Penisola Sorrentina DOC

See Campania map, ref #14
Region:
History: Established as a DOC in 1994
Vineyard Area: 58 ha / 142 acres (2014)
Production: 2,480 hl / 27,550 cases (2014)
Principal White Grape Varieties: Biancolella, Falanghina, Greco
Principal Red Grape Varieties: Aglianico, Piedirosso, Sciascinoso
Styles and Wine Composition:
WHITE WINES
  • Bianco (Wh): Minimum 60% Biancolella, Falanghina, and/or Greco, with a minimum 40% Falanghina; maximum 40% OANWG
RED WINES
  • Rosso (Rd, RdFr): Minimum 60% Aglianico, Piedirosso (locally Pèr e Palummo), and/or Sciascinoso (locally Olivella), with a minimum 40% Piedirosso; maximum 40% OANRG

Subzones:

  • Gragnano (Rosso frizzante only)
  • Lettere (Rosso frizzante only)
  • Sorrento (Bianco and Rosso tranquillo only)

Significant Production Rules:
  • Maximum vineyard elevation: 600 m (1,970 ft), except up to 650 m (2,130 ft) for the commune of Agerola
  • Minimum alcohol level: 10.0% for Bianco and Rosso frizzante; 10.5% for Rosso tranquillo; 11.0% for Sorrento Bianco, Gragnano, and Lettere; 11.5% for Sorrento Rosso
  • Aging: No minimums specified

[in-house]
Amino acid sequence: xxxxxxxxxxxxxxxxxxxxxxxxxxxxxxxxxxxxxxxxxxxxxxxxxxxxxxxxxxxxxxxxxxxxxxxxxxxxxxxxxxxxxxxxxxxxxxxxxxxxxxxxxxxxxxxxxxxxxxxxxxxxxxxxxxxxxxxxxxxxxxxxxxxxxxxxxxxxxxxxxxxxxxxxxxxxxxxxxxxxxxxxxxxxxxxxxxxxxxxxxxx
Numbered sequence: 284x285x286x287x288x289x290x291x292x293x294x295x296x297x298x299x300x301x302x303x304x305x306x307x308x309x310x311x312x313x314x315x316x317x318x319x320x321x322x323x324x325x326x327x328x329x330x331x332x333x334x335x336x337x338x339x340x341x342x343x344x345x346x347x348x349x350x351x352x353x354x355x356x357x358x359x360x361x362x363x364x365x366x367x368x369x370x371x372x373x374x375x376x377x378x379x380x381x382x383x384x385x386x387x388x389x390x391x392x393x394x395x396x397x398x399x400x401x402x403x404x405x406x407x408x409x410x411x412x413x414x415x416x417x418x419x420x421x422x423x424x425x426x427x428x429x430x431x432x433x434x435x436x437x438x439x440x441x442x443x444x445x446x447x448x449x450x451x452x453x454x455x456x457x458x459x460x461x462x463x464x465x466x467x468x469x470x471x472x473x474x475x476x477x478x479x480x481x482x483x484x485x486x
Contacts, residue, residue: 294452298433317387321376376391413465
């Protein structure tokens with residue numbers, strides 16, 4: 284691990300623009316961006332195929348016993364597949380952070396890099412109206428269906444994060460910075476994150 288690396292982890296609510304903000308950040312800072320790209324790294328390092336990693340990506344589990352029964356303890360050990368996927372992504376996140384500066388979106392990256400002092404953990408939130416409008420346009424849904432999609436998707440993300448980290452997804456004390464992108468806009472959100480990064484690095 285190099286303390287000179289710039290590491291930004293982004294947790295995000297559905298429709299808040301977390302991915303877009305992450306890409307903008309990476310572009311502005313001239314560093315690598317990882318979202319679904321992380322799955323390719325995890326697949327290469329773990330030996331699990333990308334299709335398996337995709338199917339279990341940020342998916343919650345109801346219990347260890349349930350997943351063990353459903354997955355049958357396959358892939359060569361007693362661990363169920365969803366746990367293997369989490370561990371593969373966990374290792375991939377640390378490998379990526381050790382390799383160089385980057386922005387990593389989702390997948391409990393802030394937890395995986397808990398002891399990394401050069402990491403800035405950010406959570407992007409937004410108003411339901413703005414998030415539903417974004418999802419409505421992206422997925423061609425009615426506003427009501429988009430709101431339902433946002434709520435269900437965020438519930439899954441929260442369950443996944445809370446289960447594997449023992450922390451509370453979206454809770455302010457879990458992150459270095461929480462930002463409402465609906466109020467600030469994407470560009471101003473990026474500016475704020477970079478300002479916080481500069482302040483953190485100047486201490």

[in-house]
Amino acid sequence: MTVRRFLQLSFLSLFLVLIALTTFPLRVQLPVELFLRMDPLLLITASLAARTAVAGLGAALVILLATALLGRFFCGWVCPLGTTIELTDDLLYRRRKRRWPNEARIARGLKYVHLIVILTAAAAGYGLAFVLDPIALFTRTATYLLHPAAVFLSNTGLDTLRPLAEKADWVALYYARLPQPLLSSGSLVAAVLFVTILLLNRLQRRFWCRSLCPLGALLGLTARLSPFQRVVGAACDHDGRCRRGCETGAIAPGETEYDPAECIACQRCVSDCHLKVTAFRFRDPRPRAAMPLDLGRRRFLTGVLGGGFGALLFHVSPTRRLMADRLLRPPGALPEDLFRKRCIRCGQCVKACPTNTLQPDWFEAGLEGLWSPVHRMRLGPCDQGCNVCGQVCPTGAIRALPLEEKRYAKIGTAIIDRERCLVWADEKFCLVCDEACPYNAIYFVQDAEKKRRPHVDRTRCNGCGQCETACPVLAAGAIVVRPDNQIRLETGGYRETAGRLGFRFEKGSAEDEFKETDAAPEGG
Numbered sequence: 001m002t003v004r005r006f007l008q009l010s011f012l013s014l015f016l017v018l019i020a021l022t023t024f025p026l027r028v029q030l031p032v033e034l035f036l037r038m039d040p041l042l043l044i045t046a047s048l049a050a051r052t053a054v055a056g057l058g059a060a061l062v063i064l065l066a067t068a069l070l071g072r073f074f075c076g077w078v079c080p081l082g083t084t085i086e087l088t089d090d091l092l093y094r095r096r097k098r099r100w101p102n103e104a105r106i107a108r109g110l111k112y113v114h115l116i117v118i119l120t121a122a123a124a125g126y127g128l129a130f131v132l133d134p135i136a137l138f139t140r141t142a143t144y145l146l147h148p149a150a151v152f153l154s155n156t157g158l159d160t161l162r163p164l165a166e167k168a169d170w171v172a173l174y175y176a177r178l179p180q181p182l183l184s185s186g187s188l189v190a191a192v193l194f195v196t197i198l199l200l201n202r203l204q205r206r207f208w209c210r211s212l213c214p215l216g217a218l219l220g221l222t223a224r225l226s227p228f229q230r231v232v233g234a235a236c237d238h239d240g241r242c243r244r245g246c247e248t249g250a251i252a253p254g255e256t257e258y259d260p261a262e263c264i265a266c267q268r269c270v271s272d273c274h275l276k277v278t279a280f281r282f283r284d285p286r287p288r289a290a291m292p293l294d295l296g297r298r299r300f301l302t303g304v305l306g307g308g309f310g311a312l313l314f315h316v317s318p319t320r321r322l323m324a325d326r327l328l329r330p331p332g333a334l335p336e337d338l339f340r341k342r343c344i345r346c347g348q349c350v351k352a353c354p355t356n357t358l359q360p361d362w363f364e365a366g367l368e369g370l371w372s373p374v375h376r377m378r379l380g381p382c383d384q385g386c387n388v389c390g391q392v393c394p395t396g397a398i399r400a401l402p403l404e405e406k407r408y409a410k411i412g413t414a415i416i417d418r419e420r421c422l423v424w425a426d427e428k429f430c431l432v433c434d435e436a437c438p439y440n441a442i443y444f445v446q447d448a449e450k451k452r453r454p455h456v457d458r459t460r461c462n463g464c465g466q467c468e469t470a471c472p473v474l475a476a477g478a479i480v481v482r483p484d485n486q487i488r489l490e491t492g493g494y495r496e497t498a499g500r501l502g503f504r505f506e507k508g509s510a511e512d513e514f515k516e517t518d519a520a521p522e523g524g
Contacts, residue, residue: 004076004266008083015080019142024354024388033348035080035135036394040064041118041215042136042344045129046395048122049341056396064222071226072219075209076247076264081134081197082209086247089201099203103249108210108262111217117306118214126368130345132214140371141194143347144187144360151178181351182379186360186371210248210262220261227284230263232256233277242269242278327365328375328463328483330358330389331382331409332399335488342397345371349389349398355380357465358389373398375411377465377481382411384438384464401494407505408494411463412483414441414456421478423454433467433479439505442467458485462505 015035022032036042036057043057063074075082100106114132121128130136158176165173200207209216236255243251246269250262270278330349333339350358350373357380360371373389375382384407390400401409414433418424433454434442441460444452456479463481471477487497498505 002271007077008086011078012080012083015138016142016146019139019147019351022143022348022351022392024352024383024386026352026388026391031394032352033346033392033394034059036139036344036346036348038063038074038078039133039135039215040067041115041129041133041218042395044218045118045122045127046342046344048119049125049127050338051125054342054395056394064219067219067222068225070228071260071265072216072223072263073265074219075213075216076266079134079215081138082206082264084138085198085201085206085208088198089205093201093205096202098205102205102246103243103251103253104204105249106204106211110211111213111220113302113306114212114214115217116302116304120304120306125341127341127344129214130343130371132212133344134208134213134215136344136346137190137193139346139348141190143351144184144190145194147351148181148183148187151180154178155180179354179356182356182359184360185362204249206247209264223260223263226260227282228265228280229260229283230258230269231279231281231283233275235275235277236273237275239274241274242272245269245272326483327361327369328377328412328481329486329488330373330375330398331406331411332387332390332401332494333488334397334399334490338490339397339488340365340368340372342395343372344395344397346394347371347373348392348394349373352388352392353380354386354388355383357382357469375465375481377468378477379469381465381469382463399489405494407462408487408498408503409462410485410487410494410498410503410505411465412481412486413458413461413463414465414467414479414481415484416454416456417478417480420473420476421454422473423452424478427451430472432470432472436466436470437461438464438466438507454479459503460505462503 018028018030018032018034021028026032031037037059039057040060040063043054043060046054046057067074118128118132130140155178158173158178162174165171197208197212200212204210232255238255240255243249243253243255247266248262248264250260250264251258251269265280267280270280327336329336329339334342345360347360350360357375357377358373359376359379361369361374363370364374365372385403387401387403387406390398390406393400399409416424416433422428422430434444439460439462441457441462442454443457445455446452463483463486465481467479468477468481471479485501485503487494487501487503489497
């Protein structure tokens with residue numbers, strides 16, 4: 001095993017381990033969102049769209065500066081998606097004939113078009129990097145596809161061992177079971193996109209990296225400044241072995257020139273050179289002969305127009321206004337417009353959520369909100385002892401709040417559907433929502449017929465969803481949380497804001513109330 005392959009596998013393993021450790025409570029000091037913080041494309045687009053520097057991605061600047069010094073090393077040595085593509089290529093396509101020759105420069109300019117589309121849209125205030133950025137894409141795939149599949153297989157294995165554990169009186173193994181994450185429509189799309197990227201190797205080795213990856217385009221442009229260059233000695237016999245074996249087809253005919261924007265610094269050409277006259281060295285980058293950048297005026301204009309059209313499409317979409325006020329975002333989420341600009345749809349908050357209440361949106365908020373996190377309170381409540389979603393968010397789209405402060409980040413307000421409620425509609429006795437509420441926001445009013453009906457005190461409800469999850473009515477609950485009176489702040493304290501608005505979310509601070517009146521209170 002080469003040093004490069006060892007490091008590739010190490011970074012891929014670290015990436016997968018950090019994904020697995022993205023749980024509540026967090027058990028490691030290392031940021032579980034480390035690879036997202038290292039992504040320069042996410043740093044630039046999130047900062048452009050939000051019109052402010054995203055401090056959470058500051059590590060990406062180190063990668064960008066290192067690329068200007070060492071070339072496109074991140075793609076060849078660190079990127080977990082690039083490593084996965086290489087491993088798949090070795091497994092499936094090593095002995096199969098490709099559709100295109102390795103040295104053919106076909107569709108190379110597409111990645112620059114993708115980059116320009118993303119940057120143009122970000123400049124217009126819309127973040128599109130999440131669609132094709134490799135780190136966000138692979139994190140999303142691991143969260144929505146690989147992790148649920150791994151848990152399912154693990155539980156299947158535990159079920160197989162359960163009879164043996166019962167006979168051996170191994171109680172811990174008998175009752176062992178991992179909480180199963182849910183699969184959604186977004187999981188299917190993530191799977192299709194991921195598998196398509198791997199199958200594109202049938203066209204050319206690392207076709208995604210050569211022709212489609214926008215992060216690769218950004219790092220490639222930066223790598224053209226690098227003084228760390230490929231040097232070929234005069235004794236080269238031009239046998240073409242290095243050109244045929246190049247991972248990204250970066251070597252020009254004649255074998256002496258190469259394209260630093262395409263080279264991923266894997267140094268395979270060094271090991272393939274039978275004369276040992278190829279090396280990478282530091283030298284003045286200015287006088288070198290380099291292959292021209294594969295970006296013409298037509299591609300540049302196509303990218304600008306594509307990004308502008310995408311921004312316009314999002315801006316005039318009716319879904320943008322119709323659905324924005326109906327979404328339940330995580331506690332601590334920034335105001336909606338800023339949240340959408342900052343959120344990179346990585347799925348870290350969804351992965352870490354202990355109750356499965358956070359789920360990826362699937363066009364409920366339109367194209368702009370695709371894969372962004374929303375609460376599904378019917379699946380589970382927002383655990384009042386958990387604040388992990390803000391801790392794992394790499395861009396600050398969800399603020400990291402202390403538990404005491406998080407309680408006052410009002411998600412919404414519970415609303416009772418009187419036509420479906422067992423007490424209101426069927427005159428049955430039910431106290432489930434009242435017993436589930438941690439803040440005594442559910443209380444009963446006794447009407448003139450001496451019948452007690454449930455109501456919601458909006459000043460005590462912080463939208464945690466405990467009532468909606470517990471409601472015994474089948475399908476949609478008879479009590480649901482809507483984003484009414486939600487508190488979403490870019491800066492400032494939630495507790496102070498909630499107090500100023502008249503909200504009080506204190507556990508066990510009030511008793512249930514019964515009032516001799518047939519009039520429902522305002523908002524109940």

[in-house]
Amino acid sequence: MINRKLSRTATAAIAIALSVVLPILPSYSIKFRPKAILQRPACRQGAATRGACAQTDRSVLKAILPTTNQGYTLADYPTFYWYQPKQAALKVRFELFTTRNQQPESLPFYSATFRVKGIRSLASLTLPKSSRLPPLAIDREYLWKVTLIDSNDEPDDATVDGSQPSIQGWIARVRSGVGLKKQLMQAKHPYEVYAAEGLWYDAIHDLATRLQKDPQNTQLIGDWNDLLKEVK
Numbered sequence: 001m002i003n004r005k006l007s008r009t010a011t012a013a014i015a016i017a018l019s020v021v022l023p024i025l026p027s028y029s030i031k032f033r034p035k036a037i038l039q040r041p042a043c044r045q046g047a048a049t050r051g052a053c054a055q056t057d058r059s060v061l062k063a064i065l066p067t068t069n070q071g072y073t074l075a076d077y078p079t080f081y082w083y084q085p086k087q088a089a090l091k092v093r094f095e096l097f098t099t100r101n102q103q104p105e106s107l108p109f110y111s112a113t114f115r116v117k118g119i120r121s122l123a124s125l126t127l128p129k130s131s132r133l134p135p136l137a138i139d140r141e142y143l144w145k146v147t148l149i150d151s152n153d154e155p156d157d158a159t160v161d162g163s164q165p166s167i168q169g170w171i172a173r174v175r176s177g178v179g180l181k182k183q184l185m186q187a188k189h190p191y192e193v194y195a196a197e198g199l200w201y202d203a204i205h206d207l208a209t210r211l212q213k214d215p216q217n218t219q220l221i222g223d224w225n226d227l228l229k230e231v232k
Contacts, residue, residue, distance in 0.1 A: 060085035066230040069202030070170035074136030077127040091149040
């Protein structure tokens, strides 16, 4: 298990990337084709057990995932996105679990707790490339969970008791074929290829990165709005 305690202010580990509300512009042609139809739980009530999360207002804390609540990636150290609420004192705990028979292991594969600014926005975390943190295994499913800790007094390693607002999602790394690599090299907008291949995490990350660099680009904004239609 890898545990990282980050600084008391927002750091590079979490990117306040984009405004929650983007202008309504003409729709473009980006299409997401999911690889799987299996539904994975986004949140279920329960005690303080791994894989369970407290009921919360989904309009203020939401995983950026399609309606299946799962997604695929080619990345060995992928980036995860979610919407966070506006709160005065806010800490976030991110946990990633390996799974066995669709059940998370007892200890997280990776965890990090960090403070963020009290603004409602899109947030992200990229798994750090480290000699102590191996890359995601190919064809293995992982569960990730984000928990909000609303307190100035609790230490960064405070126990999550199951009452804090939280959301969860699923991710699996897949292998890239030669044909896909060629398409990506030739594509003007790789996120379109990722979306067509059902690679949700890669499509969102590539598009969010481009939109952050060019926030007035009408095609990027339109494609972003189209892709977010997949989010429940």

Last Disciplinare Modification: 11/30/2011

Editor’s Note: In answer to a query from a reader about the contradictory-sounding rules of Penisola Sorrentina, it is a bit complicated and hard to put into a few words. Looking at the white version, there must be at least 40% Falanghina in the wine, and at least 60% of the wine must be made from a combination of Biancolella, Falanghina, and Greco. The rest of the wine can be any approved white grape variety. So, if you wanted to maximize Falanghina, the wine could be 100% Falanghina. If you wanted to maximize Greco, it could be 60% Greco, but it still has to be 40% Falanghina. And if you want to maximize some other approved variety—say, Fiano—you could use 40% Fiano, along with at least 40% Falanghina and up to 20% Greco and Biancolella. The rules for the red version are comparable.